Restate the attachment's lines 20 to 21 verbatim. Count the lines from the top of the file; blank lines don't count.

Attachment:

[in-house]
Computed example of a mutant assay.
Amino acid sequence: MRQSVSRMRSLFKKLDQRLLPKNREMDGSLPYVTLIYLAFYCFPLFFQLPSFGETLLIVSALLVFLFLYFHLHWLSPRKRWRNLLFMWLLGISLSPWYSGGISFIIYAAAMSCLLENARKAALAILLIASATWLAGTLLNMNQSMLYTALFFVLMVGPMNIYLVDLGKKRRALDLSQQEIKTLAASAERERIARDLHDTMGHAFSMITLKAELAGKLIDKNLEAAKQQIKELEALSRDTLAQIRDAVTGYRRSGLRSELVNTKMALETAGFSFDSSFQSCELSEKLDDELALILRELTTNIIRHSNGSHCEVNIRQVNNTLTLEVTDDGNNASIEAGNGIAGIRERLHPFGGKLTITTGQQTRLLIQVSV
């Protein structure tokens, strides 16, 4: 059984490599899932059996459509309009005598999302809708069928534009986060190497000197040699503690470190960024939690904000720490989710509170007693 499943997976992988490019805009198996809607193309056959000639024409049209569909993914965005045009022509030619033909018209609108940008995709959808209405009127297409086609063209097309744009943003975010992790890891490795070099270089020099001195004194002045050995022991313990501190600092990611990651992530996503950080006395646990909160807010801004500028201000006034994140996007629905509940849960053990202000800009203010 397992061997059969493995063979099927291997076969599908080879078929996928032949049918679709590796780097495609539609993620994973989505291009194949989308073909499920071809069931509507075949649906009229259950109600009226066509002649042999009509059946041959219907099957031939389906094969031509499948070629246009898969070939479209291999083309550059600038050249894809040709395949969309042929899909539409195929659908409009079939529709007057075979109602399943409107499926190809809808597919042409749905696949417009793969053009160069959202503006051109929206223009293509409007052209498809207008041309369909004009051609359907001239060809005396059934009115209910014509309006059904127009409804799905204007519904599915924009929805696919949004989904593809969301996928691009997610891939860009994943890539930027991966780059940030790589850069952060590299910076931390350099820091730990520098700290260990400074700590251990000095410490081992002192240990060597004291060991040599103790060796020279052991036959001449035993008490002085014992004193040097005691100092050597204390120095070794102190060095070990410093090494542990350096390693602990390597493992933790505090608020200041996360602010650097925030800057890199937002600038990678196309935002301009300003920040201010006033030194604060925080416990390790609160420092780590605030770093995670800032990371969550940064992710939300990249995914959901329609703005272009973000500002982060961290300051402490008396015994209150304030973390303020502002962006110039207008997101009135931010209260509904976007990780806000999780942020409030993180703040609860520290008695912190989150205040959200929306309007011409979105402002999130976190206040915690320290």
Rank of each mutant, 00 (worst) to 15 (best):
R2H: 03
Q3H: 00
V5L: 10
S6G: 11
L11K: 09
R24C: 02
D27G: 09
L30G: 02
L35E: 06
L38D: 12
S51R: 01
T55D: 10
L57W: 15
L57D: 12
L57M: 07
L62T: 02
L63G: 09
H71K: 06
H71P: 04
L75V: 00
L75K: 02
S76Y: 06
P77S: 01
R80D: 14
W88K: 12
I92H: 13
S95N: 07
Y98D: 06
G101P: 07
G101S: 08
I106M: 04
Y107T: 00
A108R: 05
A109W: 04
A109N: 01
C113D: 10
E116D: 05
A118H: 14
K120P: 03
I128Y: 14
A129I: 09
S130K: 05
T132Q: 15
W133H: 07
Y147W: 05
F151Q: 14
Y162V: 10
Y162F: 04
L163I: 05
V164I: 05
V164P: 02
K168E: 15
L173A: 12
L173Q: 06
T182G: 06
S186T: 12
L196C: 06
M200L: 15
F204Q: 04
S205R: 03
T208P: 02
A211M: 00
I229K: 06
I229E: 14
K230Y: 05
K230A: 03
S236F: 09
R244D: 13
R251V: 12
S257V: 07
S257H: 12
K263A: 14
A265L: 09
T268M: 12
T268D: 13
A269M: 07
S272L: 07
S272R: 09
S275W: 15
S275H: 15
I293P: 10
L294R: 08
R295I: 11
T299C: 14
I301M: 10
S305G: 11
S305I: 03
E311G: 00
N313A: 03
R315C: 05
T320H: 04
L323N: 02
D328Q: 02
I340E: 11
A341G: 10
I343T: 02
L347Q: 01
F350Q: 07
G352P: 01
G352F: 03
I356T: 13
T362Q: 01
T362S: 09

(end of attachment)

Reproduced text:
L57M: 07
L62T: 02